Warum, HERR, lässt du uns umherirren, fern von deinen Wegen, verhärtest unser Herz, so dass wir dich nicht fürchten? Kehre zurück um deiner Diener, um der Stämme deines Erbbesitzes willen. Für eine kurze Zeit haben sie dein heiliges Volk enteignet, dein Heiligtum haben unsere Feinde zertreten. Wir sind wie die geworden, über die du nie geherrscht hast, über denen dein Name nicht ausgerufen wurde. Hättest du doch schon den Himmel zerrissen, wärst schon herabgestiegen, so dass die Berge vor dir erbebt wären, (Isa 63:15-19 ZUR)
So here it is, once more- Bullinger’s account:
On the battlefield, not far from the line of attack, Mr. Ulrich Zwingli lay under the dead and wounded. While men were looting . . . he was still alive, lying on his back, with his hands together as if he was praying, and his eyes looking upwards to heaven. So some approached who did not know him and asked him, since he was so weak and close to death (for he had fallen in combat and was stricken with a mortal wound), whether a priest should be fetched to hear his confession. Thereat Zwingli shook his head, said nothing and looked up to heaven. Later they told him that if he was no longer able to speak or confess he should yet have the mother of God in his heart and call on the beloved saints to plead to God for grace on his behalf. Again Zwingli shook his head and continued gazing straight up to heaven. At this the Catholics grew impatient, cursed him and said that he was one of the obstinate cantankerous heretics and should get what he deserved. Then Captain Fuckinger of Unterwalden appeared and in exasperation drew his sword and gave Zwingli a thrust from which he at once died. So the renowned Mr. Ulrich Zwingli, true minister and servant of the churches of Zurich, was found wounded on the battlefield along with his flock (with whom he remained until his death). There, because of his confession of the true faith in Christ, our only savior, the mediator and advocate of all believers, he was killed by a captain who was a pensioner, one of those against whom he had always preached so eloquently. . . .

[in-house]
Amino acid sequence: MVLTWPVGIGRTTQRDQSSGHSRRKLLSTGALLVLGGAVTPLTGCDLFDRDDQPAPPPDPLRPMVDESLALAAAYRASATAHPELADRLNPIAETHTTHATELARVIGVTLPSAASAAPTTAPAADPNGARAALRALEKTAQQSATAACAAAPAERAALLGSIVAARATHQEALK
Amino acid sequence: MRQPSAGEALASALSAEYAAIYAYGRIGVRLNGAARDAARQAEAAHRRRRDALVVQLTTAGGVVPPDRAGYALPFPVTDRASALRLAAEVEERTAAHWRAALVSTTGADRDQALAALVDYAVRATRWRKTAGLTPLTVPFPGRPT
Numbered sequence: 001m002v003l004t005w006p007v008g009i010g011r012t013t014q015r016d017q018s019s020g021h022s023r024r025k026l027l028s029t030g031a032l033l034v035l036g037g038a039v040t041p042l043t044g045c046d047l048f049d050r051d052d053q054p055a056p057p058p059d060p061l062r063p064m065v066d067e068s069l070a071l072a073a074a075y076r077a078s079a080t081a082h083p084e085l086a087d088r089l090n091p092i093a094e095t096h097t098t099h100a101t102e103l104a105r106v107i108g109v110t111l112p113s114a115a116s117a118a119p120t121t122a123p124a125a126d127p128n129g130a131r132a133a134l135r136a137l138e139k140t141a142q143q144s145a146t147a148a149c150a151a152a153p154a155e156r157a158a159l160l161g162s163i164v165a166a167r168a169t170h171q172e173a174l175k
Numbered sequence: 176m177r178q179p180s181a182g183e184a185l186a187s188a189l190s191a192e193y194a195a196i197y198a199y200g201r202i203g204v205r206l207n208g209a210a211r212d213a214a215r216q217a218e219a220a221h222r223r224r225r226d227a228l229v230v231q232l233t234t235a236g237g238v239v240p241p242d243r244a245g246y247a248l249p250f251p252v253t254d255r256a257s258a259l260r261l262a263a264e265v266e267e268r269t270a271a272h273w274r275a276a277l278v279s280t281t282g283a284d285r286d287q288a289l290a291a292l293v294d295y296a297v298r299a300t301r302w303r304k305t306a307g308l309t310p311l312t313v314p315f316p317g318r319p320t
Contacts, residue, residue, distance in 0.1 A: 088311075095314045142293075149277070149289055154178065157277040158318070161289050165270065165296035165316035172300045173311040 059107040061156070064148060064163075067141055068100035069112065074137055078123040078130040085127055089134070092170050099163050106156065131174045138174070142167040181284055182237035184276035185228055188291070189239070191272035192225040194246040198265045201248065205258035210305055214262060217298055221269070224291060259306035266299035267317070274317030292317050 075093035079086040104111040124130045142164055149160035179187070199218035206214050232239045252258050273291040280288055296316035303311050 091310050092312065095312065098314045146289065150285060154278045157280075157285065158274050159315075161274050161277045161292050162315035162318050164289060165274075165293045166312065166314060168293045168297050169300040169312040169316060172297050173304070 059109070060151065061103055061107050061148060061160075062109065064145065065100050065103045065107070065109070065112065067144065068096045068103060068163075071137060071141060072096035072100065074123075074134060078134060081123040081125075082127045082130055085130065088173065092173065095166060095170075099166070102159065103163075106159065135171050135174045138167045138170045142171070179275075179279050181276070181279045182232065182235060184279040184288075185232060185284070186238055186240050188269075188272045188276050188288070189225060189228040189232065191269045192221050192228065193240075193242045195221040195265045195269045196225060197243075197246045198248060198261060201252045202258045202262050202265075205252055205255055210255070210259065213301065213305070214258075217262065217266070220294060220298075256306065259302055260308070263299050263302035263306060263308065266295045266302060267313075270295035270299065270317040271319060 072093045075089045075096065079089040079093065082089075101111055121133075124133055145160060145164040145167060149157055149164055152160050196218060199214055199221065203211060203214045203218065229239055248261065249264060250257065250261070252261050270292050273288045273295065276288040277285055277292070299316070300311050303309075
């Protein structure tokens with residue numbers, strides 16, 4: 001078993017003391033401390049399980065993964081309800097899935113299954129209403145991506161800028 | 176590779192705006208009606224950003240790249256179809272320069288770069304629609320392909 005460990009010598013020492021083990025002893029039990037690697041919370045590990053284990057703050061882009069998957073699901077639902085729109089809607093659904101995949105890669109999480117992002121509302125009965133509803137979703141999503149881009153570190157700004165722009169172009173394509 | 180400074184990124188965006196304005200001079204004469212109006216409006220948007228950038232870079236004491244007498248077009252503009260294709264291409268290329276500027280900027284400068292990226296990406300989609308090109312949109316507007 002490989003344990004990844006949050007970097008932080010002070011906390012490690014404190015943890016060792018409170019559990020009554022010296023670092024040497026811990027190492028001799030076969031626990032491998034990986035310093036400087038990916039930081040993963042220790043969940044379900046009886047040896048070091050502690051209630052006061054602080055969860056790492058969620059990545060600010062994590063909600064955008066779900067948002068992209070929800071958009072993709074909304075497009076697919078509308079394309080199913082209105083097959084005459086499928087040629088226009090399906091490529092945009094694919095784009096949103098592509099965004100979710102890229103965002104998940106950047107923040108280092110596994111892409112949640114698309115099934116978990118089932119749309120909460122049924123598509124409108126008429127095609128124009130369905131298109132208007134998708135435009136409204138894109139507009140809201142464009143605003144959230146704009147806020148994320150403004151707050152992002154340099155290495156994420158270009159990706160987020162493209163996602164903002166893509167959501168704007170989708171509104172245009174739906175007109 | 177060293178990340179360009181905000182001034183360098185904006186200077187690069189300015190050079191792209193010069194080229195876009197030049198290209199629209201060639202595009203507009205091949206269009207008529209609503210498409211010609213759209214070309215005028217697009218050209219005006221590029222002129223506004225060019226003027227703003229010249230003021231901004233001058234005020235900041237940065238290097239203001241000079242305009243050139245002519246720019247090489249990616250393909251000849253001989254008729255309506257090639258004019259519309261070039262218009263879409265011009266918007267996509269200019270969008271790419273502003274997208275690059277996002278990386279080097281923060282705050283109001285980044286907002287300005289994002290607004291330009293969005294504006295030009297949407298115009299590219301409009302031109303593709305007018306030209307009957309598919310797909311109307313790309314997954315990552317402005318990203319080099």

The crowd then [Oct. 12] spread it abroad throughout the camp that anyone who wanted to denounce Zwingli as a heretic and betrayer of a pious confederation should come onto the battlefield. There, with great contempt, they set up a court of injustice on Zwingli which decided that his body should be quartered and the portions burned. All this was carried into effect by the executioner from Lucerne with abundance of abuse; among other things he said that although some had asserted that Zwingli was a sick man he had in fact never seen a more healthy-looking body.
They threw into the fire the entrails of some pigs that had been slaughtered the previous night and then they turned over the embers so that the pigs’ offal was mixed with Zwingli’s ashes. This was done close to the high road to Scheuren.
Verdicts on Zwingli from scholars and ignorant alike were varied. All those who knew him were constant in their praises. Even so there were still more who were critical either because they really did not know him or, if they had known him a little, were determined to show their resentment and spoke ill of him. (Janz, A Reformation reader : Primary texts with introductions.)